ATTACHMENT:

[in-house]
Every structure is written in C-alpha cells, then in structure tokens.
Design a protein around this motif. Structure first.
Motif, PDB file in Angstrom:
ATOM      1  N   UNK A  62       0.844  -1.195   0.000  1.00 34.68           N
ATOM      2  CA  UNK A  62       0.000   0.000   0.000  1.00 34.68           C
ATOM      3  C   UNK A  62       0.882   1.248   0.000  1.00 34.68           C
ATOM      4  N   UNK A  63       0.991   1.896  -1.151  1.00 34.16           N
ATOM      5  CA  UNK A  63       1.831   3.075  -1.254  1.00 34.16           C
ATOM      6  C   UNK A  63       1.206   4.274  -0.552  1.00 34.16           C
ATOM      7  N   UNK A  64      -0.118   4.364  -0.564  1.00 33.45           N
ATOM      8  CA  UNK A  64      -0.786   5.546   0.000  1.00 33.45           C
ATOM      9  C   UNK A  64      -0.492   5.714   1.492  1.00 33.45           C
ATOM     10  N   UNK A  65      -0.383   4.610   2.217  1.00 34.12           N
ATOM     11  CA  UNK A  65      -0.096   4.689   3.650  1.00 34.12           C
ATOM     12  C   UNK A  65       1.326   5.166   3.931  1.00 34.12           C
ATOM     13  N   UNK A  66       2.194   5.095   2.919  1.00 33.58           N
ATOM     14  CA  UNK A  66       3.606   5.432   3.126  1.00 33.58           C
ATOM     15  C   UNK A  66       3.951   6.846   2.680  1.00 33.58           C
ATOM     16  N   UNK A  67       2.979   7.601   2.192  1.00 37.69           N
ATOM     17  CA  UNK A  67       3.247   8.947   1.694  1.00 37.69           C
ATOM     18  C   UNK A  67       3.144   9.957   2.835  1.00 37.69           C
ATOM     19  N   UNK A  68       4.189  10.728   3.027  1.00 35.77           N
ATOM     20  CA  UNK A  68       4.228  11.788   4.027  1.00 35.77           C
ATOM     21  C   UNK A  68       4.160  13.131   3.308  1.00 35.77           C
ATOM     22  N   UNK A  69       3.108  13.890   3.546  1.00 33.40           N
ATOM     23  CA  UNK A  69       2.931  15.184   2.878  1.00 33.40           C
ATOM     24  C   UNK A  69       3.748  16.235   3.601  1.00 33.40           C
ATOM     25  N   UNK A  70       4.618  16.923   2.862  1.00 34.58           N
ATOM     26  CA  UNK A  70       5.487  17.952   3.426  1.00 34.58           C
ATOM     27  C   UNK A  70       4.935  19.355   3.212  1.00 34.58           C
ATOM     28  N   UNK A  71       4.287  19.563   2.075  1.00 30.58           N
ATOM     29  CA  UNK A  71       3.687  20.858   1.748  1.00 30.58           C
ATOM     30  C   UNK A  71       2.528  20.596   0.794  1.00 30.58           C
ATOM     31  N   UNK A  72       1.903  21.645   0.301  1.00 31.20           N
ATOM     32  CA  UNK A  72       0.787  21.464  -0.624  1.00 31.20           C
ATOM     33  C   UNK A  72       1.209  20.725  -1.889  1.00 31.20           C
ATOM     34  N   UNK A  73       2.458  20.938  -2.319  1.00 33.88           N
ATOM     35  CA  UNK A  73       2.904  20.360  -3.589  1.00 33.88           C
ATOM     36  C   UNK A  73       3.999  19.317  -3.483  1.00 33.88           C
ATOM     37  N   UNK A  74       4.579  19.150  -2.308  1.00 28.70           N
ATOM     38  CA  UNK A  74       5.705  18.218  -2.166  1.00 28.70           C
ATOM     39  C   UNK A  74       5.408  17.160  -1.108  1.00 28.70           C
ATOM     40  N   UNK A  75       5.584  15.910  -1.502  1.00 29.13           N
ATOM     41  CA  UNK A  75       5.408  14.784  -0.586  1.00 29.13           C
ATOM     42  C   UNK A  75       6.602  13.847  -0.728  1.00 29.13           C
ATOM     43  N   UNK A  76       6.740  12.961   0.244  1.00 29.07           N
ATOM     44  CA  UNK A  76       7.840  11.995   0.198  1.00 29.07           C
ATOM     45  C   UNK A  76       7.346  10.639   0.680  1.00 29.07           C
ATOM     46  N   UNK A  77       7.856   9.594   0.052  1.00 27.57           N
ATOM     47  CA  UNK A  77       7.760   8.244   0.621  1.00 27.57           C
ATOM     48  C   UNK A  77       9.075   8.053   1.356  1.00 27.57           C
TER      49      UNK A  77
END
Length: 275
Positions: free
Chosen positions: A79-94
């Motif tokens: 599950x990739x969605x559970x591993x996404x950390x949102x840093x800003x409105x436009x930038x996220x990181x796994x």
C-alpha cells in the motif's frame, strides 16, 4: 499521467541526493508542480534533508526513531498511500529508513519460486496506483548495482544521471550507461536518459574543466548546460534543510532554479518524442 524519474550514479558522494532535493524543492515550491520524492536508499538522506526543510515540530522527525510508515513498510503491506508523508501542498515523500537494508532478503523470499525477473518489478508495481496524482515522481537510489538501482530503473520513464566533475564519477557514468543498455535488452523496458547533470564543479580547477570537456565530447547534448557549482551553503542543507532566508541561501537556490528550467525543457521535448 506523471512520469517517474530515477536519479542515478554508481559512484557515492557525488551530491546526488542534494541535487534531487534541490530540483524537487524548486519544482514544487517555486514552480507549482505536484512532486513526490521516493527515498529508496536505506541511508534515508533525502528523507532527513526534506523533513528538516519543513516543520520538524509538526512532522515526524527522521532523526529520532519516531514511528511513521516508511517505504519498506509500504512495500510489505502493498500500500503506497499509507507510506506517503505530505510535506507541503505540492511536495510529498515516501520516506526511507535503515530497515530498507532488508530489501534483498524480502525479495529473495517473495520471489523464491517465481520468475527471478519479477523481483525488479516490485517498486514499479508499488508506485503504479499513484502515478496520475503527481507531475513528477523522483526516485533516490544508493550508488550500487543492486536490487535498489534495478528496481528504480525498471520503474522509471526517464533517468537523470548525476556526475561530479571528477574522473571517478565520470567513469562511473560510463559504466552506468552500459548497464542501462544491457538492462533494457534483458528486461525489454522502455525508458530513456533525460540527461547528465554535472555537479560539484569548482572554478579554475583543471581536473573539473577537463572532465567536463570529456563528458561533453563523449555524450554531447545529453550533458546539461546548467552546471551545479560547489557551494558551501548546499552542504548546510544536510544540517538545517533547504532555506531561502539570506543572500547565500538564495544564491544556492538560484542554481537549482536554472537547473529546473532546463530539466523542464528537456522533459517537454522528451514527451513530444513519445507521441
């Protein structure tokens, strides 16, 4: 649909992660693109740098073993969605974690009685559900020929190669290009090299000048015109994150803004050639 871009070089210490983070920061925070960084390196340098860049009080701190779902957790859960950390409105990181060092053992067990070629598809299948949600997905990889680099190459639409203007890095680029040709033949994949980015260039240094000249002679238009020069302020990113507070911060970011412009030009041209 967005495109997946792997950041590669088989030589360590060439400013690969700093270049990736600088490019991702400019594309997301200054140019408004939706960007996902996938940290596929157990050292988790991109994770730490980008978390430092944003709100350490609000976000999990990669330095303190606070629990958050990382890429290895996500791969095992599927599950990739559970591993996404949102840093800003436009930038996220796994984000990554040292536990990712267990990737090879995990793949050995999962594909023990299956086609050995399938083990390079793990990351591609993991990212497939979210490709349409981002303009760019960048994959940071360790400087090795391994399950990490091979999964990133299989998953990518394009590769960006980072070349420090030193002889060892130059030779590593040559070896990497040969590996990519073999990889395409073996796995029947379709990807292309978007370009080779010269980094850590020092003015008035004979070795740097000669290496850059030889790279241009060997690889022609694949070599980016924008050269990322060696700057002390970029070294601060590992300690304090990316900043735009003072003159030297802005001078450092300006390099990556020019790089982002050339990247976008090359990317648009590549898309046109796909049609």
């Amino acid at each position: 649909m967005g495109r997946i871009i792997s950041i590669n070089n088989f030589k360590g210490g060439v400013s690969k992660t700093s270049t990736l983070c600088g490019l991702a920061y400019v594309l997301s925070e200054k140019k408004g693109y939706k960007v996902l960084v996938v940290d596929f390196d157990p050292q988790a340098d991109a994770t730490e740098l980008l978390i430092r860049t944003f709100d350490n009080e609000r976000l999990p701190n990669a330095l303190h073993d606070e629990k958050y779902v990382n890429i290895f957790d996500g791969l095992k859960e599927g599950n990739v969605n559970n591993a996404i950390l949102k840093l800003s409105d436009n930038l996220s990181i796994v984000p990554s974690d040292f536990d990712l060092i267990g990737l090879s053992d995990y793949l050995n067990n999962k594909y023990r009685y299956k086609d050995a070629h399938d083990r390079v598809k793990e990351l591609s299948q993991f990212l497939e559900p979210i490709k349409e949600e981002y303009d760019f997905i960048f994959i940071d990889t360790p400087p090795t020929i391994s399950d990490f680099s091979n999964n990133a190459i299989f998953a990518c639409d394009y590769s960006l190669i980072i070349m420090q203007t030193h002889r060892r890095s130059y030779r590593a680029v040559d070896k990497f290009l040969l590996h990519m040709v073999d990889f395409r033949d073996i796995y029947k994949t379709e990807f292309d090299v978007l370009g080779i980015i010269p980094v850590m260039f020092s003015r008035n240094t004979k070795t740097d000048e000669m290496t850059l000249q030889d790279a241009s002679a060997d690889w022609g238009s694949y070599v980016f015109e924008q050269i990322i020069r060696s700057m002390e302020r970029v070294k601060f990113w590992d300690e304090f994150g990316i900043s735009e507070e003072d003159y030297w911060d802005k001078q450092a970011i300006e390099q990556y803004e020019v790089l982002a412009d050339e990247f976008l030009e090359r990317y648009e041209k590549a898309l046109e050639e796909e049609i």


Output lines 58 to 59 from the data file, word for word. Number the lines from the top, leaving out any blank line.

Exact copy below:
């Motif tokens: 599950x990739x969605x559970x591993x996404x950390x949102x840093x800003x409105x436009x930038x996220x990181x796994x």
C-alpha cells in the motif's frame, strides 16, 4: 499521467541526493508542480534533508526513531498511500529508513519460486496506483548495482544521471550507461536518459574543466548546460534543510532554479518524442 524519474550514479558522494532535493524543492515550491520524492536508499538522506526543510515540530522527525510508515513498510503491506508523508501542498515523500537494508532478503523470499525477473518489478508495481496524482515522481537510489538501482530503473520513464566533475564519477557514468543498455535488452523496458547533470564543479580547477570537456565530447547534448557549482551553503542543507532566508541561501537556490528550467525543457521535448 506523471512520469517517474530515477536519479542515478554508481559512484557515492557525488551530491546526488542534494541535487534531487534541490530540483524537487524548486519544482514544487517555486514552480507549482505536484512532486513526490521516493527515498529508496536505506541511508534515508533525502528523507532527513526534506523533513528538516519543513516543520520538524509538526512532522515526524527522521532523526529520532519516531514511528511513521516508511517505504519498506509500504512495500510489505502493498500500500503506497499509507507510506506517503505530505510535506507541503505540492511536495510529498515516501520516506526511507535503515530497515530498507532488508530489501534483498524480502525479495529473495517473495520471489523464491517465481520468475527471478519479477523481483525488479516490485517498486514499479508499488508506485503504479499513484502515478496520475503527481507531475513528477523522483526516485533516490544508493550508488550500487543492486536490487535498489534495478528496481528504480525498471520503474522509471526517464533517468537523470548525476556526475561530479571528477574522473571517478565520470567513469562511473560510463559504466552506468552500459548497464542501462544491457538492462533494457534483458528486461525489454522502455525508458530513456533525460540527461547528465554535472555537479560539484569548482572554478579554475583543471581536473573539473577537463572532465567536463570529456563528458561533453563523449555524450554531447545529453550533458546539461546548467552546471551545479560547489557551494558551501548546499552542504548546510544536510544540517538545517533547504532555506531561502539570506543572500547565500538564495544564491544556492538560484542554481537549482536554472537547473529546473532546463530539466523542464528537456522533459517537454522528451514527451513530444513519445507521441